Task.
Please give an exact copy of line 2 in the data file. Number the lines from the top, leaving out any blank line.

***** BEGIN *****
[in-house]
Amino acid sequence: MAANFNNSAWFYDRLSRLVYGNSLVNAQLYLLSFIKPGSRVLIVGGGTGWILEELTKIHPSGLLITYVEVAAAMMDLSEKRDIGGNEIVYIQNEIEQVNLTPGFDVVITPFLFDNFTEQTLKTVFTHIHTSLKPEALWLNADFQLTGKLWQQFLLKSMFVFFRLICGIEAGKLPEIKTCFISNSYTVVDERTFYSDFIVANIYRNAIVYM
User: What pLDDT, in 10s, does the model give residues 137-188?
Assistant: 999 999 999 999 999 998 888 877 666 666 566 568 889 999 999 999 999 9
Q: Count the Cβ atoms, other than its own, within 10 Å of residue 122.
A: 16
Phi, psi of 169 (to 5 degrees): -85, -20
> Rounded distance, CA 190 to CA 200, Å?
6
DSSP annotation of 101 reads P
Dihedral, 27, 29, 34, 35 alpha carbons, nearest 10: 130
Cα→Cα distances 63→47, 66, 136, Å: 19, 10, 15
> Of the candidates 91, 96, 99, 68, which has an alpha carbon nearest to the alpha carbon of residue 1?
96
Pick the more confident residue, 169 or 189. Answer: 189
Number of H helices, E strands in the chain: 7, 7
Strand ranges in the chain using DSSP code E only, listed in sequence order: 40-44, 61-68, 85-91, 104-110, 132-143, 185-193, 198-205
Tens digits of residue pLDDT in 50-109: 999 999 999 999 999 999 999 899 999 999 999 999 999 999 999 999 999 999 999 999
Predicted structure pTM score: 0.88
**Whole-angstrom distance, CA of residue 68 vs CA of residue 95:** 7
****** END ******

Amino acid sequence: MAANFNNSAWFYDRLSRLVYGNSLVNAQLYLLSFIKPGSRVLIVGGGTGWILEELTKIHPSGLLITYVEVAAAMMDLSEKRDIGGNEIVYIQNEIEQVNLTPGFDVVITPFLFDNFTEQTLKTVFTHIHTSLKPEALWLNADFQLTGKLWQQFLLKSMFVFFRLICGIEAGKLPEIKTCFISNSYTVVDERTFYSDFIVANIYRNAIVYM